There is nothing better than getting out in the countryside this summer. Its something about the fresh air and the English countryside that make the whole weekend almost nostalgic. The problem is when the temperature really starts to climb, and the mercury levels start hitting above 30. This is where hiking can sometimes become a problem if you’re not prepared for the heat.
Remember, in the worse-case scenery, if you don’t manage your heat levels, your fun day in the mountains could quickly turn into a painful and potentially dangerous situation. Below are ten hot weather hiking tips to help you manage the heat in the summer.
Time of Day
Typically, the hottest part of the day is between 11 am and 3 pm. If it’s a scorching day, avoid this period and either hike in the morning or late afternoon. Remember, in the summer in most of the UK it doesn’t get dark until 10 pm. In Scotland, it’s more like eleven or twelve. Over the years, there have been many times where we haven’t started hiking until 4 pm to avoid the worst of a hot day.
This is more difficult, especially if you’re in the hills, but it’s a great idea to try to stay under trees rather than being directly exposed to the sun.
Choosing clothing for the summer months is a vastly different proposition than in winter. In the summer, you need to think about cooling yourself down rather than staying warm. The most important thing is to cover up completely and make sure that your clothes are all made from moisture-absorbing materials such as nylon, polyester, or merino wool. The idea behind these materials is that they’re great at absorbing moisture from your body, and due to quick-drying properties, they also dry quickly, keeping you dry. We have written on this subject in the past, however the best clothes for hiking in the summer include the following properties;
- Light Colors that reflect the sunlight rather than absorb it
- Wear loose-fitting to help create airflow through your clothes
- Include Vents to further promote airflow.
- Have a UPF-rating of at least UPF 15, but ideally UPF 30 to UPF 50+.
- Wear A Hat as it will help to keep the sun away from your neck and face.
- You can take this a step further by wearing a Bandana or a neck gaiter. If you’re walking next to a cool water source, it’s often a great idea to dunk your bandana in the water before wearing it around your neck.
- Remember Pants and Socks. There is no point in wearing the best summer clothing to forget your pants and socks.
- Carry a Hydration Pac to make sure you have enough fluid, and you can drink it when you need it. It’s also a great idea to freeze your pack for the first day if this it’s possible.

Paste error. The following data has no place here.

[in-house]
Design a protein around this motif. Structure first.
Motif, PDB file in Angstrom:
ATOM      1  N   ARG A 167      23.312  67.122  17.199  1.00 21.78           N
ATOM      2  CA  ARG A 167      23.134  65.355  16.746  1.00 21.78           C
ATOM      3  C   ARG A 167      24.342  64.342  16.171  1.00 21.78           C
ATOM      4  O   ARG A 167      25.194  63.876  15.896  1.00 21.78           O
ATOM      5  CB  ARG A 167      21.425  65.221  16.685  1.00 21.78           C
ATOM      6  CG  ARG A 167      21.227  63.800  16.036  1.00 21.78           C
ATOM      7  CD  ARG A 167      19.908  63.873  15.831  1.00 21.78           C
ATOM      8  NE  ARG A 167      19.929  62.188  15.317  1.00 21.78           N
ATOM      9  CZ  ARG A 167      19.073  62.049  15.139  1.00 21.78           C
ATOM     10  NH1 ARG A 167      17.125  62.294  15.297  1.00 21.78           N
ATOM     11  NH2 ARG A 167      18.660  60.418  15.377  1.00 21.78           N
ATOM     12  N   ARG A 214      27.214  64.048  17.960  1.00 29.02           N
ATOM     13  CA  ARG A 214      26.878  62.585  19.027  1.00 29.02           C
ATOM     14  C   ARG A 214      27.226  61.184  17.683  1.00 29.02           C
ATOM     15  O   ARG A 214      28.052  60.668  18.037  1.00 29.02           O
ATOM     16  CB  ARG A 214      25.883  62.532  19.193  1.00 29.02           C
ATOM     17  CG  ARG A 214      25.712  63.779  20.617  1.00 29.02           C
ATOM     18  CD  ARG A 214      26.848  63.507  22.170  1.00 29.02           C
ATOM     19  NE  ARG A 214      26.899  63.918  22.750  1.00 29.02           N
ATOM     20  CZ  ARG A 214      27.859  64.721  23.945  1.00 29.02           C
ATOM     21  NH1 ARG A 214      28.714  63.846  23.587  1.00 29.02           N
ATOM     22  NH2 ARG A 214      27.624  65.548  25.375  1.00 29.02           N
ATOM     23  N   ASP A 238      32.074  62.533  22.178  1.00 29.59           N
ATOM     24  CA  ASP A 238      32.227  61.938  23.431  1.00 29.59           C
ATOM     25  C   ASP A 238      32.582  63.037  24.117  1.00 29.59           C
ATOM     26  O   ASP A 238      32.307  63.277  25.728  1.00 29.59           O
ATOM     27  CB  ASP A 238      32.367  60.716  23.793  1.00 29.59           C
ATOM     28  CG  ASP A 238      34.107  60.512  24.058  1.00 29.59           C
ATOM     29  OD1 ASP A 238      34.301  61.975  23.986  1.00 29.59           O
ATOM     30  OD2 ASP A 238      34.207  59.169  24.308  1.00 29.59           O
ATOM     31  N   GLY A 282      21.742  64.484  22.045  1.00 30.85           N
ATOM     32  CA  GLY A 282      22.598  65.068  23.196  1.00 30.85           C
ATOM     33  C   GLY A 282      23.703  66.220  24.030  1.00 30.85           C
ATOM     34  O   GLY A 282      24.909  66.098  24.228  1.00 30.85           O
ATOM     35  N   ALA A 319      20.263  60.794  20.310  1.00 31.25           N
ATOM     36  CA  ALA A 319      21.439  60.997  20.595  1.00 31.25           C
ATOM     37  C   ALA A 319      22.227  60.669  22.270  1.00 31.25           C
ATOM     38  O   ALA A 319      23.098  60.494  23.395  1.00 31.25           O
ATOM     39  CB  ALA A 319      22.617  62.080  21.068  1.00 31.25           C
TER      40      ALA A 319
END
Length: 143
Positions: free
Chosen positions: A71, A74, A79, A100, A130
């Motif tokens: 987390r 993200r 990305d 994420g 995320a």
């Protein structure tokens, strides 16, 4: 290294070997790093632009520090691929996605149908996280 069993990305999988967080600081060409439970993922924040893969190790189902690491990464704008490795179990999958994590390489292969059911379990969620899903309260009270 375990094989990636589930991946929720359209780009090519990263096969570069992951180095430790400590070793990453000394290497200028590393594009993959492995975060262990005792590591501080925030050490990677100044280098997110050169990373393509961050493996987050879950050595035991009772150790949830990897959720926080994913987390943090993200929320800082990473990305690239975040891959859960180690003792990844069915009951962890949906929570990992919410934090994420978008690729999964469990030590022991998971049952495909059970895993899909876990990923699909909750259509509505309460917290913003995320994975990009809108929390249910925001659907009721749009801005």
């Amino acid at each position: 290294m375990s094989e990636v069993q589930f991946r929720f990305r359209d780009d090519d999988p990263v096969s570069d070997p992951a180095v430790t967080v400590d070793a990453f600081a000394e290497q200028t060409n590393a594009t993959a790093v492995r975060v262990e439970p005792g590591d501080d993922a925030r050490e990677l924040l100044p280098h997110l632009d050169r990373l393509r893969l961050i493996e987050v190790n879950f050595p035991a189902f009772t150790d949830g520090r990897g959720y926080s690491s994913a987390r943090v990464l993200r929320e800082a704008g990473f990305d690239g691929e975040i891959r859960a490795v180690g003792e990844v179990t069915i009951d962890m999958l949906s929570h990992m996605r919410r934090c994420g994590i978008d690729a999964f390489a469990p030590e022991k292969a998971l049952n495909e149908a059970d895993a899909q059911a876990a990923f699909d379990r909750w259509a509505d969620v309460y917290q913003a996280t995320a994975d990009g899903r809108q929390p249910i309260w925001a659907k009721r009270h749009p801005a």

Know Your Medical Concerns
These are all serious if you take them to the extreme. Most importantly, they are all easily avoidable with some basic preparation.
- Sunburn – Wear SPF 50 and make sure you put it on at least 30 minutes before you start hiking. If you’re sweating a lot, its a great plan to reapply at least once every two hours. If you do get sunburnt, you in for a painful evening, however, the most important thing is to make sure you don’t get burnt twice in the same place, two days in a row.
- Dehydration – Very simply, if you don’t drink enough water, you will end up with dehydration. Dehydration causes severe confusion, Dizziness or Light-headedness. All three are not needed in the countryside, and in extreme cases, Unconsciousness and even death. To avoid dehydration, you simply need to drink half a litre of water every hour as a minimum. As the temperature starts to increase, or the harder you push your body, you may need to increase this further.
- Overhydration – You probably won’t ever be affected by this as its quite difficult to carry enough water to suffer from this, but you can overhydrate yourself. If you stick drinking half a litre every hour and then slightly upping this as and when you need it, you will have no problems. The key to preventing overhydration is to monitor how much you drink.
- Cramping – If you start getting cramps, either because of the weather or after a long day of walking, you need to take it seriously. Cramps are basically your body saying that it’s almost had enough. If you keep on pushing, you could do more damage, and you need to slow down or stop and take a break and have a stretch.
- Heat Stroke – If you’re dehydrated and continually push your body, the last stage is a heat stroke. It occurs when your body literally overheats, and while it normally occurs in hot weather, I have seen the same symptoms on a day where it was 20 degrees. While the exact cause of heatstroke is unknown, the core symptoms, you need to be on the lookout for include headaches, dizziness, nausea and vomiting and a high body temperature.